The Curious Case of playoff George Hill's on/off, and What Does it Mean?

What is on/off, and is it a good stat?

On/off is a players net rating per 100 possessions minus the teams net rating when that player is not on the court. For example this past year, George Hill in 60 games had a +6.6 net rating and his teams were -1.9 when he was off the court, for a total of +8.5. Of course he spent 47 games with the Buck's. With the Buck's he had a 10.8 net rating when he played, and when he did not the Buck's were an impressive +7.8 for a total of +3.0 (7th best on the team right after Middleton with a +3.1).

But what does that mean (if anything)? And is this a good measurement? Opinions my vary on the question, but in my opinion, in small sample sizes, on/off is a very wonky. Issues like having a good/poor bench, better teammates can lead to a lower plus/minus, strength of schedule, luck, coaching staff and scheme (Lopez and the drop zone), injuries etc..... all can play a role in skewing the numbers. And of course past performance does not guarantee future performances.

I would never use it to say the player X is better then player Y because one has a higher on/off. For example, Stephen Curry has a career +12.1 on/off and LeBron James has a +11.4 on/off. I think it tells us that both players are great, but it is not the final answer.

However, as the sample sizes get larger, a clearer picture forms. There are some advantages to plus/minus as compared to just net rating. It is hard to compare a net rating from a player on two different teams because their teams net ratings will not be the same. By definition, the average on/off in the NBA is 0 and thus makes comparisons easier.

On/off also might catch some of the hidden traits of a player that does not show up in common stats like bbiq, screening, boxing out, defense in general, gravity, communication, on court leadership, moving without the ball, hustle and vet savvy (ex. how Horford knows how to hold). In a larger sample size, it helps answer the question of how much does a player helps his team win.

This past season, the median plus/minus for players on the the All-NBA team was +6.5. Remember George Hill had a +8.5 plus/minus combined as Cav/Buck. I am not saying Hill is an All-Star, but it is an impressive number. Paul George had the best with +15.9, Giannis had +9.7, and Blake Griffin had the lowest plus/minus of any All-NBA player with +2.2.

When looking closer at the big picture of plus/minus, some trends start to appear. Younger players struggle in plus/minus (that lack of vet savvy starts to show). Below is a chart of the median plus/minus of the top 9 players in minutes played.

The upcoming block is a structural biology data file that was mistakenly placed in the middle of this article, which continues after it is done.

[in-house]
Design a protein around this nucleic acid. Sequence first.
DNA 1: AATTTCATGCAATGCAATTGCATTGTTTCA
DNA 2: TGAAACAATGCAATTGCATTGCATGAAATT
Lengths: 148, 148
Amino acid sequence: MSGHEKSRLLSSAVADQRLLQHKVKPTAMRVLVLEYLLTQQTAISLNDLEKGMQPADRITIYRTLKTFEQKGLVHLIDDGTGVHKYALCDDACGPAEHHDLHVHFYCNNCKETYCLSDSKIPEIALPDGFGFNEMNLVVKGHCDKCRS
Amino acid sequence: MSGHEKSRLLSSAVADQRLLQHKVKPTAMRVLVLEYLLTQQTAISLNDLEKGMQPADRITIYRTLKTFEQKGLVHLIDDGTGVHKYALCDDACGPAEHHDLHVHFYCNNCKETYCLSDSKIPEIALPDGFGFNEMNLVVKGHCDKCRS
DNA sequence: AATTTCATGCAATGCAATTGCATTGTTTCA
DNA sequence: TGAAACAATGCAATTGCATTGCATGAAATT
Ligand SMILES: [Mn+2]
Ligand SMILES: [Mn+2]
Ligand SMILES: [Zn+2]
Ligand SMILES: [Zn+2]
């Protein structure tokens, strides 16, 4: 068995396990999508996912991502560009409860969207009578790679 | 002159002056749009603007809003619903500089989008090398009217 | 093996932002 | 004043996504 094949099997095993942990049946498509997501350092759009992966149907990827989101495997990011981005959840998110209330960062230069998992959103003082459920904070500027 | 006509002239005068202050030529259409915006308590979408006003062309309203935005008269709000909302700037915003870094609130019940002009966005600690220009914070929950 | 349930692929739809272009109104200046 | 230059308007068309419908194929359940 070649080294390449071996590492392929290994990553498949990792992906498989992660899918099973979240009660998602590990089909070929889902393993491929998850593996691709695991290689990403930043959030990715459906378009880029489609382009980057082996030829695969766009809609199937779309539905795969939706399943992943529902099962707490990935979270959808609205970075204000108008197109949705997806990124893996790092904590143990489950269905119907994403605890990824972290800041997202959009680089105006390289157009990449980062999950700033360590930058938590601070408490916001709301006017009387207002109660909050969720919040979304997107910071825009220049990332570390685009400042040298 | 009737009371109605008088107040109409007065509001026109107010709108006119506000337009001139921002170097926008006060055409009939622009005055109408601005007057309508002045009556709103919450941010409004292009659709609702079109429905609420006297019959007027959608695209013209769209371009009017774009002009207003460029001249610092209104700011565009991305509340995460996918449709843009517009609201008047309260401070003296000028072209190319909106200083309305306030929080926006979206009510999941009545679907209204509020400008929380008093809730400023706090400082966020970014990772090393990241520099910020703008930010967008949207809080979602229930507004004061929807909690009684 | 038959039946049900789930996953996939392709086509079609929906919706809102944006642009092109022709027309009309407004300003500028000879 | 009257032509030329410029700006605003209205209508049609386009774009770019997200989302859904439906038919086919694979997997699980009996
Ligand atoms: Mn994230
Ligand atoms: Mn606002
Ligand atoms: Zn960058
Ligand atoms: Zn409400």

1st year players -2.5

2nd year players +1.7

3rd year players +2.7

4th year players +3.2

Considering that the Buck's are getting older as a team and have few players that they have to gift playing time to, this might bode well for the team.

Another trend is that smallish all-star guards not named Curry really struggle in the play offs with plus/minus

Paul reg. season career p/m of +10.9, playoffs +7.1

Lillard reg. season career p/m of +7.0, playoffs -0.1

Kemba reg. season career p/m of +5.7, playoffs -5.4

Irving reg. season career p/m of +3.2, playoffs +0.7

Conley reg. season career p/m of +6.2, playoffs +11.1 (could be an exception)

Bledsoe reg. season carreer p/m of +3.4, playoffs last year of +1.4

Collison reg. season career p/m of -0.8, playoffs -9.2 (I know he is not an all-star, but is being replaced by a bigger guard in Brogdon)

Brogdon reg. season career p/m of +3.0, playoffs of -3.8 (remember Brogdon just finished his 3rd season so improvement is possible)

How about George Hill, career p/m of +3.9, playoffs of +12.0 in a 117 playoff games.

Hill is not flashy, but he gets stuff done and good things happen when he is on the court. And historically, when the pressure is on, he can take it to another level. Lets hope Father Time likes to winter in the south or SoCal (looking at you LeBron).

Just for fun here are the career reagular season plus/minuses of the Buck's rotation next year. Remember, 0 is the average and +6.5 was the median All-NBA players last year.

Giannis +5.2 (+9.7 last season)

Middleton +7.6

Hill +3.9

Bledsoe +3.4

Lopez +2.6 (+5.8 last year under Bud)

Robin Lopez +2.1

Matthews +1.9

Ersan +0.6

PattyC -1.7

Donte +1.6

Brown -7.3 (had a +3.7 in the playoffs)

Wilson -5.6

(Korver??? +3.8)

So going into next season the Buck's have 8 historically above average plus/minus players (not counting Donte because of sample size), 2 players with historically all-star level plus/minus, and one George Hill who might be the end of season piece that takes us over the top.

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